But if we take a good look at ourselves in God’s mirror (which, by the way, is the 2nd use of the law), we can see that these things we idolize are so, so temporary. We can’t take our wealth with us, not even the guy in the joke who brought gold bars to heaven, only to be told, “You brought pavement!?” Even our good reputation isn’t forever. One day, no one will remember who Andrew Carnegie was, no matter how many libraries he funded. Our permanent worth is in God’s eyes. And we see that in God’s eyes, both blessings and curses apply to us. Ultimately, we’re poor. All we have and all we are in the present moment is temporary. The blessing is that in Christ, our ultimate poverty which culminates in death becomes a wealth that cannot be measured with dollars and cents or land values and annuities. Our ultimate worth lies in the One who was raised from the dead and freed us from sin and death. In Jesus, we are blessed. In Jesus, we are somebody. And more than somebody. Remember that Jesus takes on everything that we are so that we can take on everything that he is. Luther called this the “happy exchange”. Jesus took on the poverty of our humanity, prone to disease, death, and decay, so that we could share in his divinity. In other words, because Jesus is Son of God, God in Christ adopts us as sons and daughters. Our poverty is turned into wealth beyond imagination.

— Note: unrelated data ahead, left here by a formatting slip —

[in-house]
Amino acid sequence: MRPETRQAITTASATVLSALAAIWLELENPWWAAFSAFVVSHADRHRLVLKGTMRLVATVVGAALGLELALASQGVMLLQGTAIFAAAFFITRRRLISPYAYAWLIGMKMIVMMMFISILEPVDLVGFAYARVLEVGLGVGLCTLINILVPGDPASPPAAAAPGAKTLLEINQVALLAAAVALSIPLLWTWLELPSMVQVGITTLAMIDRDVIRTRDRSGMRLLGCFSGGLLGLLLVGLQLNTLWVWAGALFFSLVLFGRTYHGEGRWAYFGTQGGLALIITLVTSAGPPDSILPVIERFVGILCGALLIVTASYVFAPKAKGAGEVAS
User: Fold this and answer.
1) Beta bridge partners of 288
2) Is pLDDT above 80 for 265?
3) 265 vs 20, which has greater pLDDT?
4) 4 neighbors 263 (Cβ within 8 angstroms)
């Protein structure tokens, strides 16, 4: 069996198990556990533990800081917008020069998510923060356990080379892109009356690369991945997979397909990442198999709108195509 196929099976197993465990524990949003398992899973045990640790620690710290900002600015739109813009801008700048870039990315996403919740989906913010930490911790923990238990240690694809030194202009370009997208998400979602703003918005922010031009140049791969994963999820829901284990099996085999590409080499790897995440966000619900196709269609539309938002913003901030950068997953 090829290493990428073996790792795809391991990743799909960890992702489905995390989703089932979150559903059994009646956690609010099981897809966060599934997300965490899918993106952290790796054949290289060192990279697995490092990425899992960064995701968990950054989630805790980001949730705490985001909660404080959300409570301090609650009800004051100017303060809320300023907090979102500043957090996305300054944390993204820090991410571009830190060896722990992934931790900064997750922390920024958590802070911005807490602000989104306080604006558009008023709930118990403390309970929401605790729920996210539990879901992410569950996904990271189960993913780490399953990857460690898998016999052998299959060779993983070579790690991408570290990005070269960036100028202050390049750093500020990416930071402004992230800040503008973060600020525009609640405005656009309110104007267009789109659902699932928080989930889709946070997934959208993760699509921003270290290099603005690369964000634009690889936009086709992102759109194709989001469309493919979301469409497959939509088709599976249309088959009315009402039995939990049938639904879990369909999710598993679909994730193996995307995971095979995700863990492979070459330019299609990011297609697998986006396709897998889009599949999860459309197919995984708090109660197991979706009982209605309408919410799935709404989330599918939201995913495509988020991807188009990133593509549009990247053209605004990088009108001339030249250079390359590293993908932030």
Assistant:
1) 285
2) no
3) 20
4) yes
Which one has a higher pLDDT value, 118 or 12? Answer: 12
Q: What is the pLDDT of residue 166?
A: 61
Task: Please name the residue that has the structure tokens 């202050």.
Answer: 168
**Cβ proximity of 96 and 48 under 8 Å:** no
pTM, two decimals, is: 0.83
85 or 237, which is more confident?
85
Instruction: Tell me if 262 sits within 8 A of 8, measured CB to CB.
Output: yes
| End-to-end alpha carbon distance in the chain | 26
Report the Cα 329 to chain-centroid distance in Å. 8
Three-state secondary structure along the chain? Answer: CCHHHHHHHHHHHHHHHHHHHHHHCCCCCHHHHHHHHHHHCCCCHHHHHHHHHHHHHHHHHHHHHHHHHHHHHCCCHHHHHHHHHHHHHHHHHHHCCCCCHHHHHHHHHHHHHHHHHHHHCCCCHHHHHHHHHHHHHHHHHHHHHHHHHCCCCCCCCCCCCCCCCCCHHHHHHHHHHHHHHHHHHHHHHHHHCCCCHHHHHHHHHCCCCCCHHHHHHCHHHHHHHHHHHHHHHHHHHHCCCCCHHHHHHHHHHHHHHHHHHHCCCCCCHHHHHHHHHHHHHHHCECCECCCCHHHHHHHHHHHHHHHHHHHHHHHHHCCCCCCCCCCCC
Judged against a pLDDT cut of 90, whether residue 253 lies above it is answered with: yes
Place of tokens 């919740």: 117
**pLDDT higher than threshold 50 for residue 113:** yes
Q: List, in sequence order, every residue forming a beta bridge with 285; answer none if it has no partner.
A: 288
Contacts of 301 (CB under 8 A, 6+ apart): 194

And when we can trust in God who guarantees our ultimate worth as a divine son or daughter in Christ, then we will know we are blessed.


              Let us pray.


              Help us, Lord Jesus, to put the good things of life in their proper place and to proper use. Keep us from putting our trust in them. Keep our trust in you, who took on our poverty so that we could be sons and daughters of God forever. Amen.


© 2019, David M. Fleener. Permission granted to copy and adapt original material herein for non-commercial purposes with appropriate credit given.